About four years ago I wrote an article about how I warn my clients each year to protect their technology from the storms that inevitably happen every spring and summer. In that article I mentioned how most of the time the advice goes unheeded and people unfortunately suffer damage and even data loss because their equipment was not properly protected. Since that time, the same pattern has continued and people still spend needless amounts of money fixing or replacing equipment that has been damaged by electrical events such as power surges or lightning strikes. I thought about this recently as it feels like spring is coming early this year (the temperatures this weekend in my area are forecasted to be in the low 70’s!). If spring is coming early, that means that storms are coming early, which means that everyone needs to review how their technology is protected as soon as possible.
The mistake most people make is that they believe that simple surge protection is enough to protect their computer technology. While very good surge protectors can protect equipment from power surges or a lightning strike, most power events are not this drastic. The most common form of power problem involve small over or under-voltages, which while not as immediately damaging to technology equipment, it can nevertheless cause equipment to malfunction or shut down. Over time these events can damage equipment and simple surge protectors are not capable of protecting technology devices from these types of power issues. On top of that, most people do not purchase high quality surge protectors and this only becomes evident after their equipment has been harmed by a more serious power event.
The answer is complete power protection from devices called uninterruptible power supplies (UPS) or “battery backups.” These devices not only protect from power surges and spikes, but also condition the power arriving at your equipment so that small variations in voltage do not cause your equipment to malfunction. They also kick in if a complete power outage occurs so that your technology can keep running through short power outages or can give you enough time to properly shut down sensitive equipment like computers and servers. I recommend setting up UPS units on any device that uses a hard drive (or solid state drive) such as computers, DVRs, external storage devices, etc., plus any networking equipment such as your modem, router, and any network switches you may have. This will effectively protect the devices that are most sensitive to power problems and ensure your network connections remain as stable as possible. Battery backups come in different capacities as far as how much load they can handle and should be matched to the load they are protecting. Networking equipment generally uses little power so there is not much need to spend a lot of money on a larger capacity UPS device for networking equipment unless you are also plugging in a computer or two as well. Consult with a qualified technology professional if you are unsure what to purchase.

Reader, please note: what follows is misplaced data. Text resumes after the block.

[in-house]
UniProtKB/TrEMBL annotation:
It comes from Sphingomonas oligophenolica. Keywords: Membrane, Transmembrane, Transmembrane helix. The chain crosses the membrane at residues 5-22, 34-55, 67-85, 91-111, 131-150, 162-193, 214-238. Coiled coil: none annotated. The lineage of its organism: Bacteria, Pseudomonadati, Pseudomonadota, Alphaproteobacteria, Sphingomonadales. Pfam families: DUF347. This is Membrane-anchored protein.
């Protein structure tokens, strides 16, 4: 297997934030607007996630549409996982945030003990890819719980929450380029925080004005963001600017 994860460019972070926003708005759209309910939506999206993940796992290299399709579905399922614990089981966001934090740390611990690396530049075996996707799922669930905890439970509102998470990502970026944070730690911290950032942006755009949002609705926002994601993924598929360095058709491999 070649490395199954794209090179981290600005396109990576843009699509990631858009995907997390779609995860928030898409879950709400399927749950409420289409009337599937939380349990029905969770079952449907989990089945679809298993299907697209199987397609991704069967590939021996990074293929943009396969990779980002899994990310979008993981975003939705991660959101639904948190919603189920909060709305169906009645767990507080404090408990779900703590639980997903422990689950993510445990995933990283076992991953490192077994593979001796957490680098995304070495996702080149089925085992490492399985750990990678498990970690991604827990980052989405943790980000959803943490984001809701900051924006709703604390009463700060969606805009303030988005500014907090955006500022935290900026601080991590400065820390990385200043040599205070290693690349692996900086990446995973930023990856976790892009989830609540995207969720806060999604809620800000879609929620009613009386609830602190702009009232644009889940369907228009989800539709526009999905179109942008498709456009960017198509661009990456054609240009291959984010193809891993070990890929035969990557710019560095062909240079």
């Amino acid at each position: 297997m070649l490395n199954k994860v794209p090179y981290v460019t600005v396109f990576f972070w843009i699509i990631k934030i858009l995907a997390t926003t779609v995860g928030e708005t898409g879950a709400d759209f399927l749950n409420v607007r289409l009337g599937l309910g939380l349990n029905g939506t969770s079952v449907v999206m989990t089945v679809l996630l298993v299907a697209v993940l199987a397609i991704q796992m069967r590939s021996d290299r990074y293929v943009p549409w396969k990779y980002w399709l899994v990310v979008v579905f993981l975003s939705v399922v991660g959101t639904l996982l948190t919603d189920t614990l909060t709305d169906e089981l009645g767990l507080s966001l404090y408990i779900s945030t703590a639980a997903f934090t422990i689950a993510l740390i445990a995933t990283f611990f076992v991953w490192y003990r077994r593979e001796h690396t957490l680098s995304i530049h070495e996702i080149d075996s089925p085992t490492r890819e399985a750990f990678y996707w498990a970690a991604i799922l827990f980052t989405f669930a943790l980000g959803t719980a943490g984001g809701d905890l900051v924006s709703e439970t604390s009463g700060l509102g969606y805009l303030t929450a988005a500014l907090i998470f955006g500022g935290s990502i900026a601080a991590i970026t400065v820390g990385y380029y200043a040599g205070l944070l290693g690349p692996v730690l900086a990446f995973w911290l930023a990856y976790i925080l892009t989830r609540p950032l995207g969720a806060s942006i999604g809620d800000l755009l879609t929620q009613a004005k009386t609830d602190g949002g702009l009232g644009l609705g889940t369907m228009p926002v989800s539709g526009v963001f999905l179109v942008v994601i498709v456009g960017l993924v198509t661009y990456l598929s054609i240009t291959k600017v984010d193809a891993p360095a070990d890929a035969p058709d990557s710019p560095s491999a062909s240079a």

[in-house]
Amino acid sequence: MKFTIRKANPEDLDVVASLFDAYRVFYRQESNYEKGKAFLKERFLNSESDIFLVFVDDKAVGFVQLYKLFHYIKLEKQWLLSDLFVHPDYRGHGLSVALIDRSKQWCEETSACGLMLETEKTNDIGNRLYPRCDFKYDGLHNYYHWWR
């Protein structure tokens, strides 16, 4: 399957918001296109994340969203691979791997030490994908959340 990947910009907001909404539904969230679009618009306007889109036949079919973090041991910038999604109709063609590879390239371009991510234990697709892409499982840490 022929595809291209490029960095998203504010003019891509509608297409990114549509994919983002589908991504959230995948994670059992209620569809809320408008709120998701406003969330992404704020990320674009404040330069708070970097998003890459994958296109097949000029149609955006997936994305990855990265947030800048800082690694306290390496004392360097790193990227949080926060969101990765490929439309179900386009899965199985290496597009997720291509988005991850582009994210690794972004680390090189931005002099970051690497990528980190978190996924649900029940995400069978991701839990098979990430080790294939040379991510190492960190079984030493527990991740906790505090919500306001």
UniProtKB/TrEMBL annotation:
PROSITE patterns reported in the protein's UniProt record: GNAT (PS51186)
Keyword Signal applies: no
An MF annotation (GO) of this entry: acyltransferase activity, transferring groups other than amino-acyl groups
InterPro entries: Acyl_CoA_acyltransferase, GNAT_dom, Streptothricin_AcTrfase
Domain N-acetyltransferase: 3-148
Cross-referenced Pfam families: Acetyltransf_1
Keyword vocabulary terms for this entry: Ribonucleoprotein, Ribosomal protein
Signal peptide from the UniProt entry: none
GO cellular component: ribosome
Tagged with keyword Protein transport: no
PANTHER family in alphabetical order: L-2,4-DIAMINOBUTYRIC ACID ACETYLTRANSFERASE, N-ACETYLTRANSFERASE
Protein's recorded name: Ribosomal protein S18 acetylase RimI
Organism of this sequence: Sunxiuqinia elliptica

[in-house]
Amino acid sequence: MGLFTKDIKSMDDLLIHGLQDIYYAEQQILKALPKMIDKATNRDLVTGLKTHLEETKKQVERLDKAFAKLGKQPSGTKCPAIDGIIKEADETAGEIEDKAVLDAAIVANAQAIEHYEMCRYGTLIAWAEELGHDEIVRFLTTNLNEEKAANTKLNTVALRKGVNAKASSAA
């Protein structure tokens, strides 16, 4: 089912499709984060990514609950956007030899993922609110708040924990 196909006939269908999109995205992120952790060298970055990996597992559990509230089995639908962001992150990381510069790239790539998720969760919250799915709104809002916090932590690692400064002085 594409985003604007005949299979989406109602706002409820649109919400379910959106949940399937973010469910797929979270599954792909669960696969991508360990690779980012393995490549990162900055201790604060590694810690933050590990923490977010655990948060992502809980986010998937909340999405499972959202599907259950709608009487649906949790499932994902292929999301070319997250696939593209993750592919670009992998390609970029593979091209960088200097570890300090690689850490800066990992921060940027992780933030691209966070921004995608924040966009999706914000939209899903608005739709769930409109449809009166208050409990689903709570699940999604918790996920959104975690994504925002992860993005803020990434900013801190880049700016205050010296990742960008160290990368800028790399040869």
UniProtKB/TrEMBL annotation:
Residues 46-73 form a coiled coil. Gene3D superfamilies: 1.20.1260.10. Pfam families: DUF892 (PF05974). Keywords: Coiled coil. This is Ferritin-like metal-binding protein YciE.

If you are wise enough to already protect your equipment with battery backups, you still need to review your units periodically as the original batteries tend to only last around 3-4 years before they need to be replaced. If the batteries in your UPS units are no longer functioning, the devices are not properly protecting your equipment. The good news is that the batteries can often be replaced economically, if you know where to find good deals. There are a few local providers of batteries that provide reasonable pricing on replacement batteries, but sometimes it makes more sense to purchase a new replacement unit. Please talk to a trusted technology expert like myself if you have any questions about your power protection strategy.